Please refer to the information provided below the transcript, and in the following SUMMARY, for the most likely actual scenario based on available sources.
"About the year 1756, John Tompkins, the oldest son of Baron Tompkins, left his home in the Netherlands, wishing to see the new world. He arrived in America and landed at New York, where there was a colony of Hollanders. This Colony was settled on what is now known as the Hudson river, but was then called North River. The prospective heir to a Baronetcy soon found friends among his countrymen. He formed acquaintance with Jacob Vandewater who had an only child, Magdelene by name to whom he was married about the year 1759. The following year a son was born to them, and was named Jacob. Two other children (Daughters) were born. The young couple still continued to reside with Jacob Vandewater, the daughter not wishing to leave her father who was quite an old man and all alone. About the year 1764, a letter came to John Tompkins from his home in Holland, informing him of the death of his father, and urging him to hasten home and take possession of the Estate, and assume the Tltle to which he was heir. As it was in the early part of Winter and the mother had an infant only a few weeks old, it was decided that the husband would go alone on the perilous voyage, which at that time with the slow sailing vessels would take at least four months. He would arrange his business and return or send for his wife and children. This arrangement was the more agreeable to Magdelene as she could thus remain still with her aged father. Accordingly John Tompkins sailed in the first ship that left New York bound for the Netherlands. Time passed and no letters or other news came from those who sailed in the ship. Anxiously the wife waited and watched for some account of the safe arrival of the vessel in which her husband had sailed. But no account of the ship having been seen after she left America ever reached her. After a time she wrote to her husband's family, but received no reply. And the years passed, her time being fully occupied caring for her aged father and fatherless children. She never married. Her father being one of the large landowners, her needs were well supplied. He owned a block of land six miles square on which a part of the city of New York now stands.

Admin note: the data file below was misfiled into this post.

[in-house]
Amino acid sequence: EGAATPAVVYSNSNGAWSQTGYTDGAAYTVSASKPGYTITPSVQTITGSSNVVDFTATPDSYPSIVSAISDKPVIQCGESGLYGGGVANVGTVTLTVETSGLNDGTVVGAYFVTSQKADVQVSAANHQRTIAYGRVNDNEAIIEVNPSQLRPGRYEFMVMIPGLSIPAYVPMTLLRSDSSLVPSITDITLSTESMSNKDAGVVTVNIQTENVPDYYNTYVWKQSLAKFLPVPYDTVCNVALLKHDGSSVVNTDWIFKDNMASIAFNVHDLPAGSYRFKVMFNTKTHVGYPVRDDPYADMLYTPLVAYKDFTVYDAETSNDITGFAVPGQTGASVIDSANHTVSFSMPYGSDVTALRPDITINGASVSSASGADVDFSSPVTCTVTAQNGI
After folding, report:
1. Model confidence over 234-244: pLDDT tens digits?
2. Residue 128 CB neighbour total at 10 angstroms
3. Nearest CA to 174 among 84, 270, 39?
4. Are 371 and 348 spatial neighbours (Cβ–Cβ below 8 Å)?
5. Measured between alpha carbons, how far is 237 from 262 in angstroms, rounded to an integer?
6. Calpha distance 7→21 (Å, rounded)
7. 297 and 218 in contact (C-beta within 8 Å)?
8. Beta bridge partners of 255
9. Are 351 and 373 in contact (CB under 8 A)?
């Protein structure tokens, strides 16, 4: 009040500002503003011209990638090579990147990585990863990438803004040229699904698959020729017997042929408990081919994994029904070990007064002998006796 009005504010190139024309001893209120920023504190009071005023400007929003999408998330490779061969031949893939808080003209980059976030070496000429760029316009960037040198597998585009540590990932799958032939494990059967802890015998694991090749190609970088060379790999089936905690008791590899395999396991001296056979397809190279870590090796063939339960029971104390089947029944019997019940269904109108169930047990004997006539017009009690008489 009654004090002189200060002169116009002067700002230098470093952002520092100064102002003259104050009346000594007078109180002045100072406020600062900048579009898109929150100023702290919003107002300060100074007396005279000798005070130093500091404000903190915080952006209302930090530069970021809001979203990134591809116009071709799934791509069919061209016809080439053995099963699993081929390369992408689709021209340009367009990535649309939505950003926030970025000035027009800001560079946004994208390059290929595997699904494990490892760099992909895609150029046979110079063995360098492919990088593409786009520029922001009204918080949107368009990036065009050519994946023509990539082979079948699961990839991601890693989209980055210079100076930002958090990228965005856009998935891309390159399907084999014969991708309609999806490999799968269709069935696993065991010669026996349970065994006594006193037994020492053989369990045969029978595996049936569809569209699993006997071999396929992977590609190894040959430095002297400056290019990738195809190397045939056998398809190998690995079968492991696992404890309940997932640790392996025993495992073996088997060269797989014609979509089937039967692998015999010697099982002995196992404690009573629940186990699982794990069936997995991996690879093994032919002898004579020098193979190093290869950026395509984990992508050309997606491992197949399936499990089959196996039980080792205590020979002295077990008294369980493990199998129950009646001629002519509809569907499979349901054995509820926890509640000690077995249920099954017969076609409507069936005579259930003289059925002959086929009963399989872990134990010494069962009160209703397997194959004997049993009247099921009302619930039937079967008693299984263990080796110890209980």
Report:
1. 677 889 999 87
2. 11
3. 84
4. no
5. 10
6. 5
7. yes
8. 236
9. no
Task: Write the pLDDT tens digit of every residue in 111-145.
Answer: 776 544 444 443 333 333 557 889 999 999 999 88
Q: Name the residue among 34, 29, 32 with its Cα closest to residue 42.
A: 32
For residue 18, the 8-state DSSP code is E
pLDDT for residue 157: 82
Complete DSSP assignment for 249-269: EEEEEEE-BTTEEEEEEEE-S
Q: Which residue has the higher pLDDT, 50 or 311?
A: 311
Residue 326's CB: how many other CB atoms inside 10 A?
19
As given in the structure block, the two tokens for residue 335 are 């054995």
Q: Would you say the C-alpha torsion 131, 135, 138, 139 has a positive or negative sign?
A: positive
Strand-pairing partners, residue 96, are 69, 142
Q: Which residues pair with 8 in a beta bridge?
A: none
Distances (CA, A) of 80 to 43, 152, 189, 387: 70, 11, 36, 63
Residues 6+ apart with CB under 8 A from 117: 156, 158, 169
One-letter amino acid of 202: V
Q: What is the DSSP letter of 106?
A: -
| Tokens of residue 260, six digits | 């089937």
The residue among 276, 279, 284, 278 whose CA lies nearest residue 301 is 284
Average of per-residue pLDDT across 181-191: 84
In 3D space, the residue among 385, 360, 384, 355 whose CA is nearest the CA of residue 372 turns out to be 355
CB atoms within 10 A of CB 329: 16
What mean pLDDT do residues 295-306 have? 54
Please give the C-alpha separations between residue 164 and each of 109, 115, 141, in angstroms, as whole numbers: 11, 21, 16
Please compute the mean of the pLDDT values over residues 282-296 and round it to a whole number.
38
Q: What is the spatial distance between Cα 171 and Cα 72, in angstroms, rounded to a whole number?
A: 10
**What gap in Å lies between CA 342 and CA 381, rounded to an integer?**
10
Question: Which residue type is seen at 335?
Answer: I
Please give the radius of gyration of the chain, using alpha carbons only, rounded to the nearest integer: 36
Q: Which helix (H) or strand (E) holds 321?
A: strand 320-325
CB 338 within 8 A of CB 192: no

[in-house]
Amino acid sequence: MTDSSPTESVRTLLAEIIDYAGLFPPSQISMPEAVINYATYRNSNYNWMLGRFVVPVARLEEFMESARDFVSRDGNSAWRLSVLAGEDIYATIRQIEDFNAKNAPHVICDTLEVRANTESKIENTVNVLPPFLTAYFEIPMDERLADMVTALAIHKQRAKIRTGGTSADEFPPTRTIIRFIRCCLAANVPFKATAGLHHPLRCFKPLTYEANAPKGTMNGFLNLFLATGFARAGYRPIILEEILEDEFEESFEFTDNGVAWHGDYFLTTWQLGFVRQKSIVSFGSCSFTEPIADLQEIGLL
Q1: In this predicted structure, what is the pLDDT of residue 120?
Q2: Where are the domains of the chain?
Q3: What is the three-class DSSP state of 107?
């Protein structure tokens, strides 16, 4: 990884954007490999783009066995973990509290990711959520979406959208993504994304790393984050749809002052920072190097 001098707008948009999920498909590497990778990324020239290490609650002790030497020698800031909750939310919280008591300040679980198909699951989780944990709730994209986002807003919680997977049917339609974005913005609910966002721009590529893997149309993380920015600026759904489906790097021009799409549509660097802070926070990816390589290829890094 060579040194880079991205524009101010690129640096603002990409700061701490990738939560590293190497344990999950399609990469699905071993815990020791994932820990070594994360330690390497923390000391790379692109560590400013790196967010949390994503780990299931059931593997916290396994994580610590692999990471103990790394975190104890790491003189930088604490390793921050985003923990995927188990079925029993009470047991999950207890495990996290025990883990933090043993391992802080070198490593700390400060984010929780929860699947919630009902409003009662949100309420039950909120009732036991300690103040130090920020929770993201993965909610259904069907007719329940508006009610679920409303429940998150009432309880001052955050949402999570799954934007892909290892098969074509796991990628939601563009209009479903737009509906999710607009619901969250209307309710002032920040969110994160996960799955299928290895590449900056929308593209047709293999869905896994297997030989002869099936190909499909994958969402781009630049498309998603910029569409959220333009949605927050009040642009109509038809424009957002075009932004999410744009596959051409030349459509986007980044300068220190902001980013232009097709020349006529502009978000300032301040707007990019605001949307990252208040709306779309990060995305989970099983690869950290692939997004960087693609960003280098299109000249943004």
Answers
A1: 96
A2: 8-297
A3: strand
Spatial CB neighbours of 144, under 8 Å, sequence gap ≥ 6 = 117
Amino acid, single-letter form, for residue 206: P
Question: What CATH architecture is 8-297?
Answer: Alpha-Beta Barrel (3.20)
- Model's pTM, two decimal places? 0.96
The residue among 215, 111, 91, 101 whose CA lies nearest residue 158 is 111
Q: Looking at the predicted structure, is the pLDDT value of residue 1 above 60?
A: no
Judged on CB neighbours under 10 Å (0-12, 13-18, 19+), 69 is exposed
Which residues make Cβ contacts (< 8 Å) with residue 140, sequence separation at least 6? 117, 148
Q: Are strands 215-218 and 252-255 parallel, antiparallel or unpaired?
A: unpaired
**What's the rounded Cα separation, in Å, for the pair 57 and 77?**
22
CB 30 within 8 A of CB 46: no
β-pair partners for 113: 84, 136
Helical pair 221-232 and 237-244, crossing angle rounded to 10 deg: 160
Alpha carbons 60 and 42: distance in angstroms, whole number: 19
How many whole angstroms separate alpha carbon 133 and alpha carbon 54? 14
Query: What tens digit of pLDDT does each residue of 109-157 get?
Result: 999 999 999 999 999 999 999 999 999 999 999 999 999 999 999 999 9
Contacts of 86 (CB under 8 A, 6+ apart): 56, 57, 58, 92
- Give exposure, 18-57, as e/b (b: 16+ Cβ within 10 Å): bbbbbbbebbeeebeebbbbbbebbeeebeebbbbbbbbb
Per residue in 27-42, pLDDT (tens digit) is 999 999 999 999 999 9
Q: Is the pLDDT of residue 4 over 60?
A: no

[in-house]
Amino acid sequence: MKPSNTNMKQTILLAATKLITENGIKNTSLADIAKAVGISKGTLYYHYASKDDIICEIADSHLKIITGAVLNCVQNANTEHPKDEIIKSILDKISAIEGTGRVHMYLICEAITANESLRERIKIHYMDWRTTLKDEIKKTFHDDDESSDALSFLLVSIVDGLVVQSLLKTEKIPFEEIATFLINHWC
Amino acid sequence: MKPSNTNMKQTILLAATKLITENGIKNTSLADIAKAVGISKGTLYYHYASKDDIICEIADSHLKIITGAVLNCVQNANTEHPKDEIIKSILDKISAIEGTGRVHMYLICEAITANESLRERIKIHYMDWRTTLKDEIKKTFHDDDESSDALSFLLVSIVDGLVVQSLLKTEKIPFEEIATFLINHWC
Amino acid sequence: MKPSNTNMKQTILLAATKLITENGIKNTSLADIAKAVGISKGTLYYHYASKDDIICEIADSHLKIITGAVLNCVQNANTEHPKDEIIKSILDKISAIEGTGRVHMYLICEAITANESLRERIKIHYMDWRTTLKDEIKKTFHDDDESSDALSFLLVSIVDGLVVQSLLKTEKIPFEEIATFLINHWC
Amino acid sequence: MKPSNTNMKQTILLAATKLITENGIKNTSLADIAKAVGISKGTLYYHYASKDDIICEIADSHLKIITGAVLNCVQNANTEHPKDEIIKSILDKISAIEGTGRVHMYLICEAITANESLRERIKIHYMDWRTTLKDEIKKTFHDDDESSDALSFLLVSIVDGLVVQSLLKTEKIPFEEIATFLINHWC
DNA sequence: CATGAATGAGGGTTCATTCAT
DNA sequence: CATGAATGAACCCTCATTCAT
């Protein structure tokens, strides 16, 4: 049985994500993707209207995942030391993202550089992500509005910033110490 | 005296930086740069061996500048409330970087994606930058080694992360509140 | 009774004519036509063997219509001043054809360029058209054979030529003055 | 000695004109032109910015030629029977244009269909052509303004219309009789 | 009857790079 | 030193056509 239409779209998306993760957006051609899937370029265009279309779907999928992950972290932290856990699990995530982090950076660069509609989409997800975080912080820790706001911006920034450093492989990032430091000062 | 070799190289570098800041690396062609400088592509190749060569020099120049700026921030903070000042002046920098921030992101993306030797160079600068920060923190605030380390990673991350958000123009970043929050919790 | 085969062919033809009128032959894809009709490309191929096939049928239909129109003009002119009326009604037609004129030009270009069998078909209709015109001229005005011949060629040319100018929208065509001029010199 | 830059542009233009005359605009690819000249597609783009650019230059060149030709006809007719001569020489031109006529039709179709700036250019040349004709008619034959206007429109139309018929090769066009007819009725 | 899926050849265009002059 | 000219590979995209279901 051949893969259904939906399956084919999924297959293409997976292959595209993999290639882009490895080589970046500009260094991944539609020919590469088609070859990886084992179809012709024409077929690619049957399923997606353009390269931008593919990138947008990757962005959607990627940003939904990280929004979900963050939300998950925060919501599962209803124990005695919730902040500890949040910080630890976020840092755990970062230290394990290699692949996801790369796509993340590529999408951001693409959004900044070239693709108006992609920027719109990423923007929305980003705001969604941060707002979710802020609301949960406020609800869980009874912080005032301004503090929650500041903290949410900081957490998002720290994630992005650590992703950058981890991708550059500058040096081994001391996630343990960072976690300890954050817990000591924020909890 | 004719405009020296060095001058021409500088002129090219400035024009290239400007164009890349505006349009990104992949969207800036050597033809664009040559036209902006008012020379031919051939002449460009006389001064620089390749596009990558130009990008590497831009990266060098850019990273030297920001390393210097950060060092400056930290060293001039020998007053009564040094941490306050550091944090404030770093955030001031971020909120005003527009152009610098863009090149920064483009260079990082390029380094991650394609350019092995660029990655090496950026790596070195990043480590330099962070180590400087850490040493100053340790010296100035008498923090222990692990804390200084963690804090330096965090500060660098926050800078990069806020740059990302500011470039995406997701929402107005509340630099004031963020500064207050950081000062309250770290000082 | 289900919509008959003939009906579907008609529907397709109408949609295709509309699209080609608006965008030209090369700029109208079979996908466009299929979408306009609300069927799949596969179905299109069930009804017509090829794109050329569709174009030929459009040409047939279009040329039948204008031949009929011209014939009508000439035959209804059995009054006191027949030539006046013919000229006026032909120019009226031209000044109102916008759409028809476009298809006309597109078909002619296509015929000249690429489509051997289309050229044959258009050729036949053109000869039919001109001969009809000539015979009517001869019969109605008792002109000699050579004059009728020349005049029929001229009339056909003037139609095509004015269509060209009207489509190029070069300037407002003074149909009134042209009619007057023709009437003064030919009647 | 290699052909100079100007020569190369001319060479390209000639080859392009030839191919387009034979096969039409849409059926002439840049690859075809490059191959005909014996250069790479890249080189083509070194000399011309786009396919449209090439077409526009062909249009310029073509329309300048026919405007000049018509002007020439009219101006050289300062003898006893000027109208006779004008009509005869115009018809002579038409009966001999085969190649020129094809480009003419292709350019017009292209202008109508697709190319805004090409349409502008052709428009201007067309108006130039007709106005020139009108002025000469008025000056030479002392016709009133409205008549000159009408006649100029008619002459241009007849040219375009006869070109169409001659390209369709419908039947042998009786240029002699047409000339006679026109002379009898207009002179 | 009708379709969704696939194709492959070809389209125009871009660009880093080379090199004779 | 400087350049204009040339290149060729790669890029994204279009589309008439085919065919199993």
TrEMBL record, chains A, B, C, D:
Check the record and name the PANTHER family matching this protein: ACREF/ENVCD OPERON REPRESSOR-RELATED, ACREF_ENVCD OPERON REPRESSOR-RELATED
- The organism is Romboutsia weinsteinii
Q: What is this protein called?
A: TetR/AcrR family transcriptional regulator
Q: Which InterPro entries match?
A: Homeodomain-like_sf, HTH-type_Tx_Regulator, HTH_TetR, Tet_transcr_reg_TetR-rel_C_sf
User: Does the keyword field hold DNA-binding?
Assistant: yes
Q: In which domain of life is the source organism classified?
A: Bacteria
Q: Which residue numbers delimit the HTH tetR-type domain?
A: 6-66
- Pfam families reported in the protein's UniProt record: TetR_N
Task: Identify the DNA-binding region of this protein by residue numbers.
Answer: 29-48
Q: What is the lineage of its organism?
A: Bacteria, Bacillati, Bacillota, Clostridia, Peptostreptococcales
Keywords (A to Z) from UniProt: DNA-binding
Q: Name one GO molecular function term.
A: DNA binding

During the Revolutionary war, her son then a lad of sixteen years, was drafted into the British Army and served seven years as a british soldier. About the year 1784, a portion of the Army was mustered out at the City of St. John in the Province of New Brunswick, and were given lands to settle upon, and one year's provisions and some farming implements. The lands were surveyed along, and fronting on the banks of the St. John river, and running three miles back from the river. Jacob Tompkins was among those who were given land in Carleton County, about 140 miles above the mouth of the river, and 50 miles above Fredericton, the Capital of the Province of N.B. He wished to return to New York to see his mother but his comrades persuaded him to accompany them up the river and make a beginning on the land granted him, assuring him he could go to see his mother the following year. He yielded to their entreaties and ascended the river and made a beginning on the land; built a house and secured a title and made a home among his comrades. Having made acquaintance with some other settlers, he postponed the visit to New York year after year. Although his mother wrote urging him to come to her, he still said he would go next year.
In the year 1785, he married a Miss Mary Place and settled contentedly on the farm. His mother wrote many letters imploring him to come to her and promised him a competence if he would only return to his home. And he promised he would go next year. In this manner the years passed, and each year found his cares increased so that he could not leave his family. Ten children were born then his wife died. He married again, a Miss Connors, of Queens County, N.B. Three children came of this last marriage. His mother died pronouncing his name with her last breath. Although she never really possessed the title, she was called among her people in New York "The Baroness Tompkins" until her death.
Elizabeth Barbara, second daughter of Jacob Tompkins, married James Sharpe(sic) of Northampton Carleton Co. Sept. 4th 1810.
James Sharpe(sic) was drowned July 11th 1845. Elizabeth his wife died Feb. 27th 1859.
Jacob Tompkins died Oct. 1843."
The following information is taken from available records (where known, the spelling from the original documents is shown):-
(a) Magdalena, daughter of Thomas Lieuwis and Anna Maria Van den Berg, was baptised on Sept. 11th, 1723.
(b) Casparus Westervelt, widower, married Magdalina Luis, widow of John Thompkins, on July 19th, 1767.
(c) One record states that in 1766 Magdalene Luis Tompkins, "wife of John Tompkins", joined the same church as Nellie Sypher, mother of Lodowick Sypher. If this is correct, then John Tompkins must have died (or been declared dead) in 1766 or 1767 for Magdalena to be called a widow when she married Westervelt in 1767 - refer (b) above.
(d) Johannis (=John), son of Zacharia Hille and Marytie Tonkins, was baptised Sep. 23rd, 1770 with Lodewyck Sypher and Cellie (=Sarah) Tonkins as witnesses.